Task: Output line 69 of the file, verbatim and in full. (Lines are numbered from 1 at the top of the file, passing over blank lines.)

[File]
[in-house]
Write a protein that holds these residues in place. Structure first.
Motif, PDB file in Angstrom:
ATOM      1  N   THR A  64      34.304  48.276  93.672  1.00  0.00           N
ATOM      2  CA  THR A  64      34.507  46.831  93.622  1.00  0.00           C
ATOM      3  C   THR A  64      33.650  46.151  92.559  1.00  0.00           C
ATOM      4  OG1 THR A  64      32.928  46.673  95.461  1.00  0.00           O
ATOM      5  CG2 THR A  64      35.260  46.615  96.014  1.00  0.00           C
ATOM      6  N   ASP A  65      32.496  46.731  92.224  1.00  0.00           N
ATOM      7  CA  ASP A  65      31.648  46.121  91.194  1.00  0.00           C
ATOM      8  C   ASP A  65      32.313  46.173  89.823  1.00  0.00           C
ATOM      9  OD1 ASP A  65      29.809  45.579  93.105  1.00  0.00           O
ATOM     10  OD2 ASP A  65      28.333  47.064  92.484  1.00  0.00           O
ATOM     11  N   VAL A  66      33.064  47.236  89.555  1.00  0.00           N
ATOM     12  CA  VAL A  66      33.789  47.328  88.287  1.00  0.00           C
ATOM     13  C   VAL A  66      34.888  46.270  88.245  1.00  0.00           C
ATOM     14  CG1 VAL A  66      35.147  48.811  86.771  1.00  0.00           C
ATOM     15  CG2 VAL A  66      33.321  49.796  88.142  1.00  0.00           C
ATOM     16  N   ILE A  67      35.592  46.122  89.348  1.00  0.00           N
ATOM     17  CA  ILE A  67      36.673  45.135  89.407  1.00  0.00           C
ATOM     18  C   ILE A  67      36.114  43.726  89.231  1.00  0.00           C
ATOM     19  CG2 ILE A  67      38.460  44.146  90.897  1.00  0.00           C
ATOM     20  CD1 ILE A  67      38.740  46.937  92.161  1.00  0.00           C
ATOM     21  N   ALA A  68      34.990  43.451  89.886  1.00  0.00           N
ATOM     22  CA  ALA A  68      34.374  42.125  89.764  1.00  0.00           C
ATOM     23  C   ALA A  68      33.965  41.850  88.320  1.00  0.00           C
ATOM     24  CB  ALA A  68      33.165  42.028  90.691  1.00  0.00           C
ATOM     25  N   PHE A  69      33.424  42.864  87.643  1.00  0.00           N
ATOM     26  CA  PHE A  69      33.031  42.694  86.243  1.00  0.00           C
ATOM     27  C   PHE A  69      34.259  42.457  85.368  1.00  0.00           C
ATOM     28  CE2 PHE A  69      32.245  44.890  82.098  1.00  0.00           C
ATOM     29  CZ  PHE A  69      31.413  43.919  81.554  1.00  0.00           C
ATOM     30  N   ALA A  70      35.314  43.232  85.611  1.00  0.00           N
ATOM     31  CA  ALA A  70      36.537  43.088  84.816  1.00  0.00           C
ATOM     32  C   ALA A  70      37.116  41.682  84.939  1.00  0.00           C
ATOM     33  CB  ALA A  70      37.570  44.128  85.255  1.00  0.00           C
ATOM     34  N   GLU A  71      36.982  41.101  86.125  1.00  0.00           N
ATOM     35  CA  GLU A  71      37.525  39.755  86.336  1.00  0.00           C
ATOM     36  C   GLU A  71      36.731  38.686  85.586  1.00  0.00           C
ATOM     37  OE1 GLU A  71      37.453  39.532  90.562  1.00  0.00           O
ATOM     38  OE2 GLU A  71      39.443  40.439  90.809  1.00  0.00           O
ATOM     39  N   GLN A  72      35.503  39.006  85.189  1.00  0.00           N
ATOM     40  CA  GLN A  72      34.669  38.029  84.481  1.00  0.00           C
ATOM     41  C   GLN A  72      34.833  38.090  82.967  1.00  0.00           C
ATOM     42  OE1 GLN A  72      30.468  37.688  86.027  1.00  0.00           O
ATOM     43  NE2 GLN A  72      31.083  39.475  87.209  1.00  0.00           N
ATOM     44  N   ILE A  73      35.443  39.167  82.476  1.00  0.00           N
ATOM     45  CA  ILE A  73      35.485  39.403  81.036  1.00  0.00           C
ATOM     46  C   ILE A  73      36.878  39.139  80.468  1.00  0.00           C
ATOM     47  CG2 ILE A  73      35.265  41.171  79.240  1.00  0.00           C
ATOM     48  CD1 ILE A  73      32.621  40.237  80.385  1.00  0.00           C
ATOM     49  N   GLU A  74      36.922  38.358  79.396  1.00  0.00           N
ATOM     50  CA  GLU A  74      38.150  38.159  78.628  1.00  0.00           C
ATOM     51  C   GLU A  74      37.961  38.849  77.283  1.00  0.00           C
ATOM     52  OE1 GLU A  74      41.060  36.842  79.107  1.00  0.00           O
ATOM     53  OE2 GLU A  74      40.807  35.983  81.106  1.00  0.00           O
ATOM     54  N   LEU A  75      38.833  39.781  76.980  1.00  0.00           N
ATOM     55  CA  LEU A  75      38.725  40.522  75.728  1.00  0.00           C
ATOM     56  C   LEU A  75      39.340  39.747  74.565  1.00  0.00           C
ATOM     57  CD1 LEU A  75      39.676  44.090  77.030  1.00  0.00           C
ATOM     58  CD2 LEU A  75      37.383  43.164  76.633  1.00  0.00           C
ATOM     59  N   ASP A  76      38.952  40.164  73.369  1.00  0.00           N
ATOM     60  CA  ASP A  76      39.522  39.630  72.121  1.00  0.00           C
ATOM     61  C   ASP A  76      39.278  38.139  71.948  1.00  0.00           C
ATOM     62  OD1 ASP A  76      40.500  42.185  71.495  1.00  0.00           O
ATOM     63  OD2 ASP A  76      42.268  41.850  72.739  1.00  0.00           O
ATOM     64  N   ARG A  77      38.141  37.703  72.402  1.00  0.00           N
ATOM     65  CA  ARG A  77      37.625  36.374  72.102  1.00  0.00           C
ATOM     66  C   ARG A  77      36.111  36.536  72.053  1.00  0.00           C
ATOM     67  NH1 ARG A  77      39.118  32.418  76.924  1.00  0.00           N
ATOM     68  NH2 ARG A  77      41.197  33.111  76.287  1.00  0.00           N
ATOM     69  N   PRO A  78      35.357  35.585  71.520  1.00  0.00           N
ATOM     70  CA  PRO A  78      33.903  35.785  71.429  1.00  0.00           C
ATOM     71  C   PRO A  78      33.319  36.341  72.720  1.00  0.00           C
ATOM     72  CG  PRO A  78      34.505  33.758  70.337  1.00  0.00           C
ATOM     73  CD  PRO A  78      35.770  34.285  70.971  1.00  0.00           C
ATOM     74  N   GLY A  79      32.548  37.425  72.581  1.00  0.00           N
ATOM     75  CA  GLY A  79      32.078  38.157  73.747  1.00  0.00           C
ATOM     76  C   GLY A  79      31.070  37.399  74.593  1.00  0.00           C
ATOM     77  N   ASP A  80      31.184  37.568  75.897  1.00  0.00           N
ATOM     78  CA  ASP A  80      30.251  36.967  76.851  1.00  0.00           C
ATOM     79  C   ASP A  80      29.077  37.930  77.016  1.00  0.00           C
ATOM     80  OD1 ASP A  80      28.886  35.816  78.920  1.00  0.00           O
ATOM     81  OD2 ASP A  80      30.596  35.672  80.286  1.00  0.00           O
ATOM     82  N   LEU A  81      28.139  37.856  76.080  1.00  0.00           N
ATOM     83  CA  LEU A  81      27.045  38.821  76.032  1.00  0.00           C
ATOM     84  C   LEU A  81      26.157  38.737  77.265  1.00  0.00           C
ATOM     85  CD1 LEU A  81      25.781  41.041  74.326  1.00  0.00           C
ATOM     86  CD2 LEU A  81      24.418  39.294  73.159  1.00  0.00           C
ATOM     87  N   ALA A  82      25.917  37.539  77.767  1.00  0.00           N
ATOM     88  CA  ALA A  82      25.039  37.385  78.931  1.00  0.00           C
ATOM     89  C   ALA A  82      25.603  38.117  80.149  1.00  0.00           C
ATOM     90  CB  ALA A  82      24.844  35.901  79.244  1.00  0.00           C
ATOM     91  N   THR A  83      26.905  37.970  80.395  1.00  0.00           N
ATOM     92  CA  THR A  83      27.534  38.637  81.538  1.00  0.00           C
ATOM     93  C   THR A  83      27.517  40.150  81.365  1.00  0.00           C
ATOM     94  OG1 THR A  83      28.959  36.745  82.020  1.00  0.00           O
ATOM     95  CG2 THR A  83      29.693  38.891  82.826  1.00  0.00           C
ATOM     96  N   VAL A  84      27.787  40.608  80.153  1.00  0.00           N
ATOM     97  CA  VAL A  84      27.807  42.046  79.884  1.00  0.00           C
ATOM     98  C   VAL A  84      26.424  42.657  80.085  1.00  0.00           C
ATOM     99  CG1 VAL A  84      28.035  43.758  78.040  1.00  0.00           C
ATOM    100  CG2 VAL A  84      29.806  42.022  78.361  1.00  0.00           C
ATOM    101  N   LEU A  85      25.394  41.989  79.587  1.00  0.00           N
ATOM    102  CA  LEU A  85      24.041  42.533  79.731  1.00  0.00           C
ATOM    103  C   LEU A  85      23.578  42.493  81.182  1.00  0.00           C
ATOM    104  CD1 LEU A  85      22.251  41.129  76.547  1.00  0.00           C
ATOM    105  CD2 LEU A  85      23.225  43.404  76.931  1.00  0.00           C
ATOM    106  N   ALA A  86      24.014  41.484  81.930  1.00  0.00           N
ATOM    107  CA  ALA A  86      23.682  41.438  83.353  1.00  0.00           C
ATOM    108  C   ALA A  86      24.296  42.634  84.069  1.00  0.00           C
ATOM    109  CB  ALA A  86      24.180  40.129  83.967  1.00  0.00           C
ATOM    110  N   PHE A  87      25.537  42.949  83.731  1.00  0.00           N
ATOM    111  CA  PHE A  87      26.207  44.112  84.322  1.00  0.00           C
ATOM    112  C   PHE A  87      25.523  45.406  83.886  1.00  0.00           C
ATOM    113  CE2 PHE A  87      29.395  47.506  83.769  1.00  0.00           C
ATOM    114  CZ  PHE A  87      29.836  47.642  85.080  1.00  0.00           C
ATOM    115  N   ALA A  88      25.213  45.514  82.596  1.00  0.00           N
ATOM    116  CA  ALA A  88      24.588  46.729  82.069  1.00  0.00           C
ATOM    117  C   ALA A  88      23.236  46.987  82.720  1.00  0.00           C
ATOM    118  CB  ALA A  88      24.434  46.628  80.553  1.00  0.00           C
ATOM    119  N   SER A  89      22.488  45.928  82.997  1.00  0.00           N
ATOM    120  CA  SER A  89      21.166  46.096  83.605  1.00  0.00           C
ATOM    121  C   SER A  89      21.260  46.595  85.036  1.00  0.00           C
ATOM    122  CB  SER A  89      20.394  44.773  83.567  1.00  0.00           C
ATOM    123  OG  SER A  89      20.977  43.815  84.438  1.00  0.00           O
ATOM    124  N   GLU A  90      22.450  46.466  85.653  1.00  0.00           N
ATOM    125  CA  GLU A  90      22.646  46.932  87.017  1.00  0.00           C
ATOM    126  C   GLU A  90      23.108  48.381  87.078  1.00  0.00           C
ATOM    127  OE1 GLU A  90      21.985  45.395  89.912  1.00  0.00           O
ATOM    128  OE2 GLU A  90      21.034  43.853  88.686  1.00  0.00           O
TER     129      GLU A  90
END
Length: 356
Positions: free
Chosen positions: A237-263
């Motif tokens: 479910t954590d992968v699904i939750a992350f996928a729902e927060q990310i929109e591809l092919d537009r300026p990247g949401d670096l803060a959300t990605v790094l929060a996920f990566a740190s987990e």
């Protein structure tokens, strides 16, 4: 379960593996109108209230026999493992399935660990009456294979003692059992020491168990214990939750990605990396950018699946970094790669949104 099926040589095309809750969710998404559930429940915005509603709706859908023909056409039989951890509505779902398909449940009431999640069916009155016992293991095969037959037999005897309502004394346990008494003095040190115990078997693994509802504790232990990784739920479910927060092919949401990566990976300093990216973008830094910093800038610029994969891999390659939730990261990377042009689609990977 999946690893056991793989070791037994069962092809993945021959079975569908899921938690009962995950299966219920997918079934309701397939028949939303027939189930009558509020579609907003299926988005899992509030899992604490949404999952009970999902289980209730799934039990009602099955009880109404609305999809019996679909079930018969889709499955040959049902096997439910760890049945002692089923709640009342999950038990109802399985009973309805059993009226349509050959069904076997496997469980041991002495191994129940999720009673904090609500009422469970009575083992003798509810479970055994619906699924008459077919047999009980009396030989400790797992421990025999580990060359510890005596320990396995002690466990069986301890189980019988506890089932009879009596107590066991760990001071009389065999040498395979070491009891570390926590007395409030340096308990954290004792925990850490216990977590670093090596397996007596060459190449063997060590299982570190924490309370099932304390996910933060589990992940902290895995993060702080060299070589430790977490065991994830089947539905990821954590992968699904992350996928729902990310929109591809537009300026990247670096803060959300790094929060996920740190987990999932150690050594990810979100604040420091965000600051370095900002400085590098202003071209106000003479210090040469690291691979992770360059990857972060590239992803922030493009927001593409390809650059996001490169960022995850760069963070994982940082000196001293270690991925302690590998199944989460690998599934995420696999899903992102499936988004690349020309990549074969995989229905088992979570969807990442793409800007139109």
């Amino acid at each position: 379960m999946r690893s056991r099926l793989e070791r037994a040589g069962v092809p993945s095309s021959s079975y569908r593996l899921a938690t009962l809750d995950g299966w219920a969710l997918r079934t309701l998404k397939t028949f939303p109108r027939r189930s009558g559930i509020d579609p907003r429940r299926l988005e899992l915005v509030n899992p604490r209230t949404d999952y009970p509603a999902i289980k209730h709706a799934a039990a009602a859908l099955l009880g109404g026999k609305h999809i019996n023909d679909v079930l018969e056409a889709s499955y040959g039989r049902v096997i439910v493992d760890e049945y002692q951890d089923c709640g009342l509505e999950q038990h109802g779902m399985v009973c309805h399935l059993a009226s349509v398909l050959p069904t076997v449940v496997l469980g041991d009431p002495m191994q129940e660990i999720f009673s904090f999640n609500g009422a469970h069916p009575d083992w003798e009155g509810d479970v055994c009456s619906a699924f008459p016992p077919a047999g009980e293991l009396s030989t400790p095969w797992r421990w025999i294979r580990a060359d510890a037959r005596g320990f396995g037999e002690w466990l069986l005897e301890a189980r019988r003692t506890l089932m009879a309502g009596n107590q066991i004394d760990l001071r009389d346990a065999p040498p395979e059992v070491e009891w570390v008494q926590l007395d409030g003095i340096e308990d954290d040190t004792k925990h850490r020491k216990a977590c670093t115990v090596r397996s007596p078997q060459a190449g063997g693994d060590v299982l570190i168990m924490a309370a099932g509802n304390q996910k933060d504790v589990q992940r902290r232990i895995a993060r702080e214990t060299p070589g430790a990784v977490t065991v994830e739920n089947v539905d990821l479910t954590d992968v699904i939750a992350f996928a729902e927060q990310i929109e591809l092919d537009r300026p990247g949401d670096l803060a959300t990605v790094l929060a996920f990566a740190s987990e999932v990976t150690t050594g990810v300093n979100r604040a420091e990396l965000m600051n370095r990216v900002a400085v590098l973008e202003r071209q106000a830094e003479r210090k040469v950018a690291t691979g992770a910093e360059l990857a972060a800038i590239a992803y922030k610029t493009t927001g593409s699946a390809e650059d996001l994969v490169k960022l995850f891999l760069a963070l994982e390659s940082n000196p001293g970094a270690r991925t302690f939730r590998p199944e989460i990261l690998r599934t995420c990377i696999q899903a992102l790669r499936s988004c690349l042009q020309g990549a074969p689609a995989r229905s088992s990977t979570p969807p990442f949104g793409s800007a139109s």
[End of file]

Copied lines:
ATOM     66  C   ARG A  77      36.111  36.536  72.053  1.00  0.00           C